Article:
What Happens Once my Expungement is Done?

By state law you will receive a copy of the completed Expungement Order. You will need to verify your arrest record with SLED after the thirty (30) to sixty (60) day period. You can run a copy of your arrest record through SLED by following this link (hyperlink the word link). It is very important you do this step to ensure your record is clear.

What Can I Do if My Charge is Not Eligible for an Expungement?

A Pardon

The next step that might lessen the impact of a conviction would be applying for a Pardon. A Pardon is granted by the South Carolina Board of Probation, Parole, and Pardon Services and can excuse a person convicted of a crime from its legal ramifications. It will not erase a mistake or remove it from your arrest record, but it will erase the state penalties received because of the conviction. A Pardon may also help you recover certain important civil rights, such as your right to vote and your right to carry a firearm. If interested in pursuing a Pardon, please reach out to us at the Law Office of Peter David Brown at (843) 971-0099.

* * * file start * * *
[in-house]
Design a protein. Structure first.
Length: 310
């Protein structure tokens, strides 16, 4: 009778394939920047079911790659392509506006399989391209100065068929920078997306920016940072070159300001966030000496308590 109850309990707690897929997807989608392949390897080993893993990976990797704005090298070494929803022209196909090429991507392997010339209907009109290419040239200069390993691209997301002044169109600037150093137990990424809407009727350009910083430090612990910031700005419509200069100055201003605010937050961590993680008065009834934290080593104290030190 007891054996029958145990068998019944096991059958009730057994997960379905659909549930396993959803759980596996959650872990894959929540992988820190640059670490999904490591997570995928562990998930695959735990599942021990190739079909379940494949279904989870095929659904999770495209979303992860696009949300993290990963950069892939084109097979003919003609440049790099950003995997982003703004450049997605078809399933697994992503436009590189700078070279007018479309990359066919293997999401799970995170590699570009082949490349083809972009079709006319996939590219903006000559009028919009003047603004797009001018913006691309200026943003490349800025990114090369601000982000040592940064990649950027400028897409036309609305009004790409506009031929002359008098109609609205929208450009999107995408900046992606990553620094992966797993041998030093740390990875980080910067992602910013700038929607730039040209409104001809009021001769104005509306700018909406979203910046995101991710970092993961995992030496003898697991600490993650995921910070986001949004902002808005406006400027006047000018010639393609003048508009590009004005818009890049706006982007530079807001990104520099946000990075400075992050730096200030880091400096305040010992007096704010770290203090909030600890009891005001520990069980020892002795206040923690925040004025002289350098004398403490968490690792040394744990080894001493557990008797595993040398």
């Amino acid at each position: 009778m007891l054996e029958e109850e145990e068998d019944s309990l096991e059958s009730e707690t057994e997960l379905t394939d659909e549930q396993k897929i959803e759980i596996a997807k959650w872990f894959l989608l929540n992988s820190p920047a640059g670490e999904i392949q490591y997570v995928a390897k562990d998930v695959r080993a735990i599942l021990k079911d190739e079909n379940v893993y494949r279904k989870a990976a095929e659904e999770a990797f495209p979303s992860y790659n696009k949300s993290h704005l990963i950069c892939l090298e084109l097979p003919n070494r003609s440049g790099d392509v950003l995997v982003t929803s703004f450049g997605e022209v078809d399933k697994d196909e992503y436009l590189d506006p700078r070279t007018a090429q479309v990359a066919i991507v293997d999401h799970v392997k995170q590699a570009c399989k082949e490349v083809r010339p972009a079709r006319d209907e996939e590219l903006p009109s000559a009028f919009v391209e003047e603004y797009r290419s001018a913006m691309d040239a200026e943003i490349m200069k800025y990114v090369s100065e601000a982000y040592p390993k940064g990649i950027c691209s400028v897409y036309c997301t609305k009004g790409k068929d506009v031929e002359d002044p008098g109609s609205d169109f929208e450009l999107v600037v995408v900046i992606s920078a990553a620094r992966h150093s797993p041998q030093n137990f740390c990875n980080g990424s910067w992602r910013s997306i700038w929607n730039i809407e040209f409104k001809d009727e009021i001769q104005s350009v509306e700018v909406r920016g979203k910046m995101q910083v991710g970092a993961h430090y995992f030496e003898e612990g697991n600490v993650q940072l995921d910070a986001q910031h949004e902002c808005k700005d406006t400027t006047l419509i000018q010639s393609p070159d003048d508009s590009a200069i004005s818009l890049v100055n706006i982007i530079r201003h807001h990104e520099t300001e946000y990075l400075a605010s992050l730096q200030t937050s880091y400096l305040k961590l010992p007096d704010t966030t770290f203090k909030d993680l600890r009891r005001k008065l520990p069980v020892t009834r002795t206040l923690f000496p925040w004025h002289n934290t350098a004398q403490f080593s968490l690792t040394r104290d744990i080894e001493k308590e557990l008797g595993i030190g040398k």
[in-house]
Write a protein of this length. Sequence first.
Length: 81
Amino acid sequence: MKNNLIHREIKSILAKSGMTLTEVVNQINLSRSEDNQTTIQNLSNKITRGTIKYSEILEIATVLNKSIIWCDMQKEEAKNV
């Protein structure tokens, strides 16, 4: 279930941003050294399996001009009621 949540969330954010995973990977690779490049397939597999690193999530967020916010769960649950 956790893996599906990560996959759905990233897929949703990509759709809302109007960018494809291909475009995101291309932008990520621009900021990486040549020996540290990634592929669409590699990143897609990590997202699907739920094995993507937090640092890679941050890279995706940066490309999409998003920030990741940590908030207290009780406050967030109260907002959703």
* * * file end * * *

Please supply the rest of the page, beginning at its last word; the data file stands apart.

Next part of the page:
The Expungement process can be very complicated and intimidating.

At the Law Office of Peter David Brown we see first-hand the amount of stress our clients endure when going through the court process. Having experienced Attorneys, such as Attorney Peter Brown or Attorney Donald Sorenson, to guide your matter through the Expungement process will take the weight off your shoulders.